"There's a tremendous need for people with backgrounds in law and political science," Coonrad said. "A lot of it is political, whether it's food banks in New York or government policy in the international arena. Politics is what makes the world go 'round. So it does for non-profits."

Communications and marketing majors will find a special niche in non-profit organizations, as the groups seek out talented individuals who have a knack for convincing individuals, businesses, and charities to dig deep into their pockets.

"It's important that these people are able to communicate with donors--to show them that we need them to show up more than just during a certain time of the year," Grittens said.

Those directing marketing and communications for non-profit organizations also are responsible for showing the community how their money is used, "so that they'll know their money is in good hands and being put to good use," she said.

"Research also is a fundamental division of non-profit organizations. The research arm conducts public opinion polls which provide information on problems facing the community. Once they're identified, the researchers develop strategies on how to deal with the problems, or hopefully eliminate them," Gittens said.

"Basically, a researcher hears the message of the people and determines what issues are important in the country," she said.

But launching a career in a non-profit organization is not easy, according to Steve Johnson, of the not-for-profit group, AmeriCares. Besides getting the degree, knowledge of current events, geography, history, social issues, and even foreign languages is a must, said Johnson, president and chief operating officer of the Connecticut-based organization.

"You have to have a sense of what the challenge was and is," Johnson said. "You can't understand the need unless you work on a daily basis with the issues and the people affected by them."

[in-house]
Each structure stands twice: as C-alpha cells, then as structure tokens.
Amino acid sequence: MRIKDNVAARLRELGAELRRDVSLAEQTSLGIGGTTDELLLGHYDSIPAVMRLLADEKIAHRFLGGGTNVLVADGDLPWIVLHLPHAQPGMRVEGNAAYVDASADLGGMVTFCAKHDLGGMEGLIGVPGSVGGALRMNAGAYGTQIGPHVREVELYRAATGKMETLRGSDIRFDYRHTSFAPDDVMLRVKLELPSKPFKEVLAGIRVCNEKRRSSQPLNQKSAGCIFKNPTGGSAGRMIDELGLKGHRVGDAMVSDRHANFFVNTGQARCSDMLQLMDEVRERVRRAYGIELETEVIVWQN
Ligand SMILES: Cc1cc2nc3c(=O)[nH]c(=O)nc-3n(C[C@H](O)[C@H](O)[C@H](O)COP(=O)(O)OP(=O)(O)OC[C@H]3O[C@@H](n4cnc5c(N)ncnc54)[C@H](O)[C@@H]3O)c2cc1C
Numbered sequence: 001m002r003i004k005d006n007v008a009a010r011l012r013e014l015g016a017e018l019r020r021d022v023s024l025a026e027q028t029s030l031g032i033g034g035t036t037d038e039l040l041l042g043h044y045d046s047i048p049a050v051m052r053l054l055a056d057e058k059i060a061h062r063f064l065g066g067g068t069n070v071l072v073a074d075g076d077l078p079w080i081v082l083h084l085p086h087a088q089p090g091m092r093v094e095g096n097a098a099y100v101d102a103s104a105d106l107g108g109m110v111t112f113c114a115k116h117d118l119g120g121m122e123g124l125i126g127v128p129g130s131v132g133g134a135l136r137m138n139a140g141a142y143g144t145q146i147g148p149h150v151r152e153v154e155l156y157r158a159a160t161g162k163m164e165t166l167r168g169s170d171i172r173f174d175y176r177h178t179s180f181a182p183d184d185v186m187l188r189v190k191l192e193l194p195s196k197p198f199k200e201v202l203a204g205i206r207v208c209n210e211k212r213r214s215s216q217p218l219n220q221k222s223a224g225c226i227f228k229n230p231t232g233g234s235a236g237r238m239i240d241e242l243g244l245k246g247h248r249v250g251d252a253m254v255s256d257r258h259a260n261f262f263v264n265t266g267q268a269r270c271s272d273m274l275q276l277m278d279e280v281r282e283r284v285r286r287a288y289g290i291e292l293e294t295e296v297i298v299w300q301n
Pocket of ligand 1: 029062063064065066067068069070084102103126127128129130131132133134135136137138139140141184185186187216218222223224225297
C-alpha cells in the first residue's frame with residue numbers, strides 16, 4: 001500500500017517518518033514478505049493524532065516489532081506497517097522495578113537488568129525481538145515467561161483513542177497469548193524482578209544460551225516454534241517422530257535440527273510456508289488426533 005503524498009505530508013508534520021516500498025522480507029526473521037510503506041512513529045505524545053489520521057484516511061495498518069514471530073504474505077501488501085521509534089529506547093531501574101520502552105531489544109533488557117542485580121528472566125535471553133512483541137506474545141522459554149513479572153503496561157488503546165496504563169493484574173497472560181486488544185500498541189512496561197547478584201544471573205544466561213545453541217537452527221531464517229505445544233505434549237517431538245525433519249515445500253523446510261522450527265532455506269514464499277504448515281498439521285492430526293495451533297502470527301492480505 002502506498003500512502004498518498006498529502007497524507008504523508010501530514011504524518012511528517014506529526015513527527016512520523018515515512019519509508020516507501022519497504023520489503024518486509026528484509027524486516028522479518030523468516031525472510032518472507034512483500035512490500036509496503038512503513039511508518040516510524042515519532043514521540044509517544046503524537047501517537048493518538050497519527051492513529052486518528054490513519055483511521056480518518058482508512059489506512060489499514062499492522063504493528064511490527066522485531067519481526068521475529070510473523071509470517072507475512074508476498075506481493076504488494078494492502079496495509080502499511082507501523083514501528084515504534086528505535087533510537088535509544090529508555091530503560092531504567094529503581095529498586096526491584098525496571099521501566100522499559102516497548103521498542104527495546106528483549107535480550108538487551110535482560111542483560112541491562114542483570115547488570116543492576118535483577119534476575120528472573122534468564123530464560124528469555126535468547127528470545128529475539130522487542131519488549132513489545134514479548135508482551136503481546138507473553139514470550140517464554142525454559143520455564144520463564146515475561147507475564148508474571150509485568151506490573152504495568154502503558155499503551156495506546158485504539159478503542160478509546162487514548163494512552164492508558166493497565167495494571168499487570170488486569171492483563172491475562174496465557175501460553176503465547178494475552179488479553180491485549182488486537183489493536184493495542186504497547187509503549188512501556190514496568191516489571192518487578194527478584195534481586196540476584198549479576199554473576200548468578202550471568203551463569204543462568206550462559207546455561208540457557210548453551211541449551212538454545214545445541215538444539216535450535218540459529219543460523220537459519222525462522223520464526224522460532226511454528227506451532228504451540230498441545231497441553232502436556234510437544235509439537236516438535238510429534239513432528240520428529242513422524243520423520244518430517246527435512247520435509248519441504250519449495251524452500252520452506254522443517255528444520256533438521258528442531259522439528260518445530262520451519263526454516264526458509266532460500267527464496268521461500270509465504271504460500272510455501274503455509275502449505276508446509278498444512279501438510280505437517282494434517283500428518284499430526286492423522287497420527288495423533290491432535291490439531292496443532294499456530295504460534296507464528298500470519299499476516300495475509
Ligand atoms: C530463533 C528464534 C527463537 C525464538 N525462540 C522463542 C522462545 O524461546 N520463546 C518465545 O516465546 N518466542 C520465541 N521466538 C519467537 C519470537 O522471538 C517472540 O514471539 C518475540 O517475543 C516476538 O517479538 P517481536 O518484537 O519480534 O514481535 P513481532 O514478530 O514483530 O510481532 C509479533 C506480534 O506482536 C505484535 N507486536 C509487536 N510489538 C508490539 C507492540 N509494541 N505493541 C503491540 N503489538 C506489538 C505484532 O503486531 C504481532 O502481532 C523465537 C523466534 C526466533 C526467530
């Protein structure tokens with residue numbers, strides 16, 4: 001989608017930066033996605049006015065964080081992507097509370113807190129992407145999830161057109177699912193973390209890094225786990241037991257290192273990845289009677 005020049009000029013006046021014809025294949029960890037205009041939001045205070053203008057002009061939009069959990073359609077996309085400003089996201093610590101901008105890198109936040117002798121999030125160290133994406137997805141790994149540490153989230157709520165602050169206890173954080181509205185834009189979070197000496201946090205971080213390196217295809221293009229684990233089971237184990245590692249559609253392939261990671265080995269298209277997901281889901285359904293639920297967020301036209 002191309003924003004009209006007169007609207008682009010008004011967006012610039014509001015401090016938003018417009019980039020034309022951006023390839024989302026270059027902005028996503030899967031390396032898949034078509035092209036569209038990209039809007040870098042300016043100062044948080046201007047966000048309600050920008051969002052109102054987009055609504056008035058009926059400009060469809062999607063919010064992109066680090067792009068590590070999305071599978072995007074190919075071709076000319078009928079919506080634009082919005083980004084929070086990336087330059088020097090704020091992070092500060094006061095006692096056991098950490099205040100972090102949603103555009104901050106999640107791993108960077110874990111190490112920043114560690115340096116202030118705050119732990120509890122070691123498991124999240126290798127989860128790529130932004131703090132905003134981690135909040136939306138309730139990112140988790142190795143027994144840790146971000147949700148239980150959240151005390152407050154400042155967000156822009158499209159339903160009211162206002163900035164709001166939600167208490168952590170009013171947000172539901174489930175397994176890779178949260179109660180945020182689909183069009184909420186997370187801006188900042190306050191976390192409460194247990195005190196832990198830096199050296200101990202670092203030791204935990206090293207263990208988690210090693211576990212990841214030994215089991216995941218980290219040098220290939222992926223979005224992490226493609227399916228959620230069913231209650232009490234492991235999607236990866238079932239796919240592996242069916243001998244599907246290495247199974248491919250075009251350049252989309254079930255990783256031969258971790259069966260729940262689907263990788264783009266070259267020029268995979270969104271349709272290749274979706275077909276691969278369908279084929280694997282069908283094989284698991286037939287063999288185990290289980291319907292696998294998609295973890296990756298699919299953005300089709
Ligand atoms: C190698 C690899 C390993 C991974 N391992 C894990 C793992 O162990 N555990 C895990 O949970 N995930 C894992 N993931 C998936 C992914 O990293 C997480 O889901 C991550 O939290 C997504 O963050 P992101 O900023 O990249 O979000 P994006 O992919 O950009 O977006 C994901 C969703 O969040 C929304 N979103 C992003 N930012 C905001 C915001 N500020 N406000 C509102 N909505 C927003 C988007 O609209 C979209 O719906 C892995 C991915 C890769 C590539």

"African Americans offer a special advantage to non-profit organizations because they can readily understand the problems that communities of color face on an everyday basis," Gittens said. "Unfortunately, not nearly enough people of color are involved in not-for-profits, which often have a large non-white client base," she said.

"The numbers are increasing, but there's always a need for more minorities," Gittens said. "A lot of African Americans and Latinos know what it's like to want. Because of that experience, they can see the trends. For instance an African American can more easily see how race relations affect the issues that non-profits address."

According to the Federal Bureau of Labor Statistics, there were more than 260,000 not-for-profit workers in 1989, the last time such information was available. Of that number, almost 66,100 were paid workers, the bureau said.

Only 8,152 of the paid workers were African-American, the survey said. About 5,690 were Latino, the survey said.

"By and large, it's still a problem getting them to join the ranks. Organizations will have to work harder to increase the numbers," Gittens said.

"A career in non-profits can be lucrative, with beginning salaries starting between $18,000 and $28,000, depending on what you do and the experience you bring when you start," Gittens said.

Johnson, Gittens, and Coonrad all say the best way to get a foothold on a career at a non-profit organization is to "volunteer, volunteer, volunteer."

"You have to understand that if you want to get added to the payroll of a not-for-profit, you have to volunteer so that the organization can get a close look at what you're capable of doing," Johnson said.

According to Coonrad, some organizations including The Hunger Project, whose organization helps craft public policy for countries trying to establish fair, workable governments, offer internships. The Hunger Project, with programs in Somalia and India, distributes an annual award to recipients who are instrumental in crafting the policy.

The Hunger Project, however, offers only a few internships a year, with a chance to become a paid worker for the organization.